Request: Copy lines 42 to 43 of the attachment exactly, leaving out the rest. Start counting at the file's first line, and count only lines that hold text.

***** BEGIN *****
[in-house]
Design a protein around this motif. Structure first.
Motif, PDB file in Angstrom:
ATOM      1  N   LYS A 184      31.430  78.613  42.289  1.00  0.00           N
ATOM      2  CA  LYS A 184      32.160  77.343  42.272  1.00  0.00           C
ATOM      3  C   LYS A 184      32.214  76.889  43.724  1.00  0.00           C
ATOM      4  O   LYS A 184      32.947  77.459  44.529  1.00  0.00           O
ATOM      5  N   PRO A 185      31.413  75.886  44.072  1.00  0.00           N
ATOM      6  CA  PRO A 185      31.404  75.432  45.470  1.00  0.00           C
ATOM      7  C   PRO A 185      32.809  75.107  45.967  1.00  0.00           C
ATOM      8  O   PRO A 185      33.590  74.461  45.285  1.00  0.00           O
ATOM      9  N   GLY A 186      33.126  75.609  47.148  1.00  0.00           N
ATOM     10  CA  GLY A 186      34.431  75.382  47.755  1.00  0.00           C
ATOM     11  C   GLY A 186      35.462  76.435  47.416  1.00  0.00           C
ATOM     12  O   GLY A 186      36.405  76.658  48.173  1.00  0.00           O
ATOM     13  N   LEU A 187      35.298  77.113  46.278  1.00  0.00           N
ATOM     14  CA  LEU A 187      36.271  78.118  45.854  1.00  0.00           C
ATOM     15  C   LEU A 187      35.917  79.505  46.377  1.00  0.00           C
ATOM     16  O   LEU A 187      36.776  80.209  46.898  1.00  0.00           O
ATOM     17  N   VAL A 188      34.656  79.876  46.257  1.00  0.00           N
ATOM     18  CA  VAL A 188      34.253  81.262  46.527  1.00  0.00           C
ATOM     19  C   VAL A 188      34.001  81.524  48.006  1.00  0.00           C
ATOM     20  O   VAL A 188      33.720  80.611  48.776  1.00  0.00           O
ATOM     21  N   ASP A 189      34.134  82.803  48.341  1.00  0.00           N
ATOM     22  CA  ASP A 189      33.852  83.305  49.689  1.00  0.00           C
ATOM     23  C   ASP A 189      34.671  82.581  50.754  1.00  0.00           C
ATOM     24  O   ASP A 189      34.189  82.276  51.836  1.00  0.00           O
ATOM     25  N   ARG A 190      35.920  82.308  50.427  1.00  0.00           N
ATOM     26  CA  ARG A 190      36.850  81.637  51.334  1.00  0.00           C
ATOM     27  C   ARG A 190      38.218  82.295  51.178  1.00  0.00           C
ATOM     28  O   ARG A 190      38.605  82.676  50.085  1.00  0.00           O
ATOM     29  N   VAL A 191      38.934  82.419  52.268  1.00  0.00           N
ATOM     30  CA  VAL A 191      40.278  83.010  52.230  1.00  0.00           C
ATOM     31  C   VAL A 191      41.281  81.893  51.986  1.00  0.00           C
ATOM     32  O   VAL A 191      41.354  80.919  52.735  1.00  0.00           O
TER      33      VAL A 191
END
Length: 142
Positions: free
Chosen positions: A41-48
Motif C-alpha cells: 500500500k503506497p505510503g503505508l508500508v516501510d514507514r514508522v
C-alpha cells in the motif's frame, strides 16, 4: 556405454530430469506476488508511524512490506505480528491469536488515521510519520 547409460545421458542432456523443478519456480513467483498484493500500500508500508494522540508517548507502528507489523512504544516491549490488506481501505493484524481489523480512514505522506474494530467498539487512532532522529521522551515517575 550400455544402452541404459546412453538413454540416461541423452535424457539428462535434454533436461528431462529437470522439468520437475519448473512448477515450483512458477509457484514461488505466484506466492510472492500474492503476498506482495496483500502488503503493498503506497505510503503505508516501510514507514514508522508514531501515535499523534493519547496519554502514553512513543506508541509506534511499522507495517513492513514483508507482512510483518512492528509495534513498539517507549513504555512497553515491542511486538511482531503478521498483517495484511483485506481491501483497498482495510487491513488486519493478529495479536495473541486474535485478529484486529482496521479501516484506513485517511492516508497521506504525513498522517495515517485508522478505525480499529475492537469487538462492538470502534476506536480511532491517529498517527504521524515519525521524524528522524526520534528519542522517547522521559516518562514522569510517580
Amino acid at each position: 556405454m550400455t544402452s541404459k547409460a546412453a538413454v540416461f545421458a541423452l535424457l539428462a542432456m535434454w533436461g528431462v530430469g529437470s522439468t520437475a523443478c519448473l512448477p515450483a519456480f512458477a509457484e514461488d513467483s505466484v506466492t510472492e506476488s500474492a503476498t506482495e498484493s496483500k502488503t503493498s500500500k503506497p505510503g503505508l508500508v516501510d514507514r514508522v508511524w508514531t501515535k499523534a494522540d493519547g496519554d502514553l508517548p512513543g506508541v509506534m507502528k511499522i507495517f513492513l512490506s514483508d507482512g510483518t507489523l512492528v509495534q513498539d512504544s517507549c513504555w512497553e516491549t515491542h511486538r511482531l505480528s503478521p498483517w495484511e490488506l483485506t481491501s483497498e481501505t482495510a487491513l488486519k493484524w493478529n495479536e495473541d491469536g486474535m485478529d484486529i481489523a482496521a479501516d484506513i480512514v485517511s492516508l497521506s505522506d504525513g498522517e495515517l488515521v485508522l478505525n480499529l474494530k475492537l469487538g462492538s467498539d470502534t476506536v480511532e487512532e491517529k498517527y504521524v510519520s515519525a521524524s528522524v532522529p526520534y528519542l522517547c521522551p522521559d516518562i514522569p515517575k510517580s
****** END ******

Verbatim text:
C-alpha cells in the motif's frame, strides 16, 4: 556405454530430469506476488508511524512490506505480528491469536488515521510519520 547409460545421458542432456523443478519456480513467483498484493500500500508500508494522540508517548507502528507489523512504544516491549490488506481501505493484524481489523480512514505522506474494530467498539487512532532522529521522551515517575 550400455544402452541404459546412453538413454540416461541423452535424457539428462535434454533436461528431462529437470522439468520437475519448473512448477515450483512458477509457484514461488505466484506466492510472492500474492503476498506482495496483500502488503503493498503506497505510503503505508516501510514507514514508522508514531501515535499523534493519547496519554502514553512513543506508541509506534511499522507495517513492513514483508507482512510483518512492528509495534513498539517507549513504555512497553515491542511486538511482531503478521498483517495484511483485506481491501483497498482495510487491513488486519493478529495479536495473541486474535485478529484486529482496521479501516484506513485517511492516508497521506504525513498522517495515517485508522478505525480499529475492537469487538462492538470502534476506536480511532491517529498517527504521524515519525521524524528522524526520534528519542522517547522521559516518562514522569510517580
Amino acid at each position: 556405454m550400455t544402452s541404459k547409460a546412453a538413454v540416461f545421458a541423452l535424457l539428462a542432456m535434454w533436461g528431462v530430469g529437470s522439468t520437475a523443478c519448473l512448477p515450483a519456480f512458477a509457484e514461488d513467483s505466484v506466492t510472492e506476488s500474492a503476498t506482495e498484493s496483500k502488503t503493498s500500500k503506497p505510503g503505508l508500508v516501510d514507514r514508522v508511524w508514531t501515535k499523534a494522540d493519547g496519554d502514553l508517548p512513543g506508541v509506534m507502528k511499522i507495517f513492513l512490506s514483508d507482512g510483518t507489523l512492528v509495534q513498539d512504544s517507549c513504555w512497553e516491549t515491542h511486538r511482531l505480528s503478521p498483517w495484511e490488506l483485506t481491501s483497498e481501505t482495510a487491513l488486519k493484524w493478529n495479536e495473541d491469536g486474535m485478529d484486529i481489523a482496521a479501516d484506513i480512514v485517511s492516508l497521506s505522506d504525513g498522517e495515517l488515521v485508522l478505525n480499529l474494530k475492537l469487538g462492538s467498539d470502534t476506536v480511532e487512532e491517529k498517527y504521524v510519520s515519525a521524524s528522524v532522529p526520534y528519542l522517547c521522551p522521559d516518562i514522569p515517575k510517580s